Return bird migration has been underway for some weeks now.
Non-breeding wading birds are the first to become apparent, usually turning up at places like WWT Slimbridge and other coastal sites from mid-June onwards. Gradually the trickle becomes more of a flow so that by August a wider range of species and numbers of birds will be more obvious.
Many will be passing through (passage migrants) while others will over-winter in our warmer climate (warmer in relation to the Arctic Circle, that is).
A trip to Slimbridge now will produce waders such as green and wood sandpipers, and the first returning ducks followed by swans and geese in late September and October.
I took a trip south recently in an attempt to see what birds had arrived back on the Severn estuary. This is an important wintering area for thousands of birds that spread out far and wide across the muddy reaches of the estuary at low tide. They are, of course, looking for food and perhaps a sandbank upon which to rest up.
But with the turning of the tide, the rising waters push these birds off their feeding grounds causing them to seek refuge on higher ground.
As such, they come much closer to dry land, seeking a refuge on the river-bank above high water. Here they will rest, preen and sleep until the waters recede, allowing them to return to the exposed mud once more.
I’ve witnessed this on the Wash at Snettisham, in Norfolk, where many thousands of waders seek refuge on the shingle edges of a couple of old gravel pits. It’s almost impossible to see the gravel, so packed in are the birds.
And although they are below the sight line of the coast, they instinctively know when the tide has ebbed enough for them to return to their feeding grounds.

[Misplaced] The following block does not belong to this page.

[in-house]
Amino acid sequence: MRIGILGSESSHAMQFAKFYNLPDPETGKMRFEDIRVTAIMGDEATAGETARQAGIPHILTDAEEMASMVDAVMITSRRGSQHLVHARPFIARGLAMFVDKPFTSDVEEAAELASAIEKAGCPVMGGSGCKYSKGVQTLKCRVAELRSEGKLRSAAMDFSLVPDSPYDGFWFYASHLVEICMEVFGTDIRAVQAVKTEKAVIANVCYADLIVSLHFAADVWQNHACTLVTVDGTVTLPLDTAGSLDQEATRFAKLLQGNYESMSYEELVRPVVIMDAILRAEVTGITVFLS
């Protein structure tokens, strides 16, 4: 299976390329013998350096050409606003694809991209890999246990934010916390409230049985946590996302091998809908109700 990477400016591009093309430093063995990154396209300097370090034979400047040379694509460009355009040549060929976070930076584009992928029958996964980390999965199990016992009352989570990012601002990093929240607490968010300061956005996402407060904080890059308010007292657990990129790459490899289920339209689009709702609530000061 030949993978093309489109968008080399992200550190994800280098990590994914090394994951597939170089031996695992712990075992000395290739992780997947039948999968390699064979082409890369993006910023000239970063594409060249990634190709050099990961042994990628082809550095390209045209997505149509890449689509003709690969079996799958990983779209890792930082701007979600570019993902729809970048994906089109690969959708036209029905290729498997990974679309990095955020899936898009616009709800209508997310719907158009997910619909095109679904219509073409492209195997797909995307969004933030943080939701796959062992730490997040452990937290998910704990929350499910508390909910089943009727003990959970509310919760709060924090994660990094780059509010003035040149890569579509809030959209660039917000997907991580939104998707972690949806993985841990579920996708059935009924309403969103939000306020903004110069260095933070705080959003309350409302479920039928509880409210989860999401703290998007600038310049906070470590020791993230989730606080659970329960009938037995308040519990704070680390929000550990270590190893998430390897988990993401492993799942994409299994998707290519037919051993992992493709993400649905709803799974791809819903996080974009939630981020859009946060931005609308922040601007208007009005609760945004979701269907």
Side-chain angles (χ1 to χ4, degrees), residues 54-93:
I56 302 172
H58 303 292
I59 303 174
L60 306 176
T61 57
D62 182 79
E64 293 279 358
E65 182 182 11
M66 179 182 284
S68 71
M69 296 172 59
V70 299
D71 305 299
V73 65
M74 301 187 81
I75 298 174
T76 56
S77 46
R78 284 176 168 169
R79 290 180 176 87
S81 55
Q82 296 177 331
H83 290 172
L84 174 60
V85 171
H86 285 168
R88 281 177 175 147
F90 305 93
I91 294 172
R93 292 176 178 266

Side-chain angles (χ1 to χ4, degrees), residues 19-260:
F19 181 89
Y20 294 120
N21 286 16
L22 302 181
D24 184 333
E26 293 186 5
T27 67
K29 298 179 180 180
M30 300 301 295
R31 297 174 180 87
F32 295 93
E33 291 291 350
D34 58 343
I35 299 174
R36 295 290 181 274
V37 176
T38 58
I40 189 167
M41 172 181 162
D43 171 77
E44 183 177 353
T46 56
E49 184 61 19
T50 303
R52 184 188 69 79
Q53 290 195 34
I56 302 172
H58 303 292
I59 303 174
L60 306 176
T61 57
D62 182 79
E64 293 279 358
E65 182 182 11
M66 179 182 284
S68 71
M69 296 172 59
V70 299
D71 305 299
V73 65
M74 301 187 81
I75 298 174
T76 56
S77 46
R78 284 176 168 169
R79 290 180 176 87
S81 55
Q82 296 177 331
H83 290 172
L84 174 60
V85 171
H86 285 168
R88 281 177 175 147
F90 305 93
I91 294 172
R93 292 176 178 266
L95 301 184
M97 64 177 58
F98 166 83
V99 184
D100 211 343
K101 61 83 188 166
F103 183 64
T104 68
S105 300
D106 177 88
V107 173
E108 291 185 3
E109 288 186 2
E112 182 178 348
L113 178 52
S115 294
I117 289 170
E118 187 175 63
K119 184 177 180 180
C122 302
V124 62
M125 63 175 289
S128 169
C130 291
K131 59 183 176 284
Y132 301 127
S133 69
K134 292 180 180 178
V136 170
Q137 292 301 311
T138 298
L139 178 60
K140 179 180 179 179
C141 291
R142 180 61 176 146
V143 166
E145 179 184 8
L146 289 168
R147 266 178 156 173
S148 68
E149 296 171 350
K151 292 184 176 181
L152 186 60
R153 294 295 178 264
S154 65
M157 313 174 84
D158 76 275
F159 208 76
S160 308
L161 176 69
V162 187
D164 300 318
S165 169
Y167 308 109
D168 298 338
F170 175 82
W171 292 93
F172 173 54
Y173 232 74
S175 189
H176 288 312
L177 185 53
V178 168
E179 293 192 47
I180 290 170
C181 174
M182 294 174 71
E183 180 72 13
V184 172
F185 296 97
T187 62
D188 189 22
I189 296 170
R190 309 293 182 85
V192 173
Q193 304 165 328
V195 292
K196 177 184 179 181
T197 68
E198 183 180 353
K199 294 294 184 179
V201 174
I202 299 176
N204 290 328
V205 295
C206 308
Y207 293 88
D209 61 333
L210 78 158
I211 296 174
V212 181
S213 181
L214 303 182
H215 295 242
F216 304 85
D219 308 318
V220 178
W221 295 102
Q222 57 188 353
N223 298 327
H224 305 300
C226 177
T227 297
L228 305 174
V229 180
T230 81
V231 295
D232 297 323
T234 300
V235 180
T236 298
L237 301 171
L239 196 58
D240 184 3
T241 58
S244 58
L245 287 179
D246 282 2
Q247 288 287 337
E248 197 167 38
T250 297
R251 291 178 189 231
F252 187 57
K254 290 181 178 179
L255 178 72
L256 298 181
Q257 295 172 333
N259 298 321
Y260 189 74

As if someone sends a hidden signal, they erupt into the sky in seconds to fly, as one, over the shingle ridge and back to the muddy expanses of the Wash. A truly memorable sight and one that anyone interested in nature should experience at least once in their lifetime.
And the waders I found on the Severn estuary did something in microcosm. They knew when the tide was low enough to expose their feeding ground about five hundred yards to the north and, as one, left me alone to stare at the empty space they had occupied seconds before.
But I was satisfied that I had found them and been able to watch them without disturbance. Unfortunately, other users of the area such as walkers, dog-walkers and even canoeists are often unaware of these birds, or if they are, just don’t care. Although it’s a public area and they are perfectly within their rights to be there and allow dogs to wander where they will, I can’t help feeling that just a little more awareness and respect for nature would not come amiss.
So I returned home pleased to have seen dunlins and ringed plovers. Some still sport their breeding plumage, but most are showing signs of losing their brilliance until next spring when once again, all being well, they will don their breeding finery and set off northwards to raise the next generation.
27 August 2021
More of Pete’s fabulous photographs can be viewed on his flickr site.